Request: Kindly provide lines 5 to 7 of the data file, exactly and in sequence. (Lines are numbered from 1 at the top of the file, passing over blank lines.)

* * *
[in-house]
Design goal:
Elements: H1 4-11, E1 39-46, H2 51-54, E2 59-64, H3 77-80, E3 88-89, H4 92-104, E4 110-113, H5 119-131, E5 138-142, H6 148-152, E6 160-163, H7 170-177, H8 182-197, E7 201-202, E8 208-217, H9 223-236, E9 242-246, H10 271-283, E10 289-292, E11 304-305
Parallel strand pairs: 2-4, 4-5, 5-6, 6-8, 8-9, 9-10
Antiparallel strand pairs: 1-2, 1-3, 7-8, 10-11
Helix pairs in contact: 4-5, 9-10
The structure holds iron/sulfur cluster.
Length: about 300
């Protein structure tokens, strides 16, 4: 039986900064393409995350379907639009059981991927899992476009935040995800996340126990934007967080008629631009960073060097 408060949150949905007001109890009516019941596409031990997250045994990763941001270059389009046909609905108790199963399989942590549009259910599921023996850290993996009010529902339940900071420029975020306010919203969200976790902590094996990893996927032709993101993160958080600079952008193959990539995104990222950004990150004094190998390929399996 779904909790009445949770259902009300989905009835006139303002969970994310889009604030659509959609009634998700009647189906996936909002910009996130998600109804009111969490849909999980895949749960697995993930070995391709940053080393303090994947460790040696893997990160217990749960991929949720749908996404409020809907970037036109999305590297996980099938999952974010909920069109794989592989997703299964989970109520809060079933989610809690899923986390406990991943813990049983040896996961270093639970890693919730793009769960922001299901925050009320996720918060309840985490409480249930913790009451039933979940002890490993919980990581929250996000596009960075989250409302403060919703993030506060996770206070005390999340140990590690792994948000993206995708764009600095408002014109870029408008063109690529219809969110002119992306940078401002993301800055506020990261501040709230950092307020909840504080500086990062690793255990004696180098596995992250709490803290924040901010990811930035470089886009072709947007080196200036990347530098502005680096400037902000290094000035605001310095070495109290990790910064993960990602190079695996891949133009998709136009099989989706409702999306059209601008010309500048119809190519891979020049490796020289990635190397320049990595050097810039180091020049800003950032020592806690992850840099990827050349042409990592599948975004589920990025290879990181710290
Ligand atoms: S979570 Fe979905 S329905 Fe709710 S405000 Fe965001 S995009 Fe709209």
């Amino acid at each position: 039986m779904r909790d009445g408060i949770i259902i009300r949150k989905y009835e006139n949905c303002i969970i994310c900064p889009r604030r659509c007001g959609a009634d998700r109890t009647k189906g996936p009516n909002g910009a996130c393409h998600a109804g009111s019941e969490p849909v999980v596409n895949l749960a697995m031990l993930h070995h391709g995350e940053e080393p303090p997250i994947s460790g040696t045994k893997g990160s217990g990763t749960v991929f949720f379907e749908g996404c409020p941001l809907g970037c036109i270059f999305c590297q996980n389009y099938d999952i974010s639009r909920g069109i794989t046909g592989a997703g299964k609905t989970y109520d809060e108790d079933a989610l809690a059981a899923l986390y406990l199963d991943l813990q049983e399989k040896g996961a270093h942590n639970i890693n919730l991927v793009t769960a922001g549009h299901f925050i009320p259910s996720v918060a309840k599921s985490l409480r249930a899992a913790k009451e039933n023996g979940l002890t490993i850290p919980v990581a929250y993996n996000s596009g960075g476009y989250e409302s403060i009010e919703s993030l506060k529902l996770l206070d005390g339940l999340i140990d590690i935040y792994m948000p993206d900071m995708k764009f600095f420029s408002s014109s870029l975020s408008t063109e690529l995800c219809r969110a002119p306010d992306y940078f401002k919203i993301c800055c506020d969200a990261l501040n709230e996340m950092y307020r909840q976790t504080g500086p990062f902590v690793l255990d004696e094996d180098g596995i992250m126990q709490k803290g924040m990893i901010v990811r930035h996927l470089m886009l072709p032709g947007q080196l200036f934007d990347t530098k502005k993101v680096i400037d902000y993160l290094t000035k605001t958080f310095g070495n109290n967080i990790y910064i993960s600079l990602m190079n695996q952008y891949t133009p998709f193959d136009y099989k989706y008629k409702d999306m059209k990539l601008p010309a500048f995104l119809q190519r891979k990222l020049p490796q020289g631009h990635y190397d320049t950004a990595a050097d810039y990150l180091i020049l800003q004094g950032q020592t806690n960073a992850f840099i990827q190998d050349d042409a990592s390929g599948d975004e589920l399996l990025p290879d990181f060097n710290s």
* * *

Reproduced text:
Antiparallel strand pairs: 1-2, 1-3, 7-8, 10-11
Helix pairs in contact: 4-5, 9-10
The structure holds iron/sulfur cluster.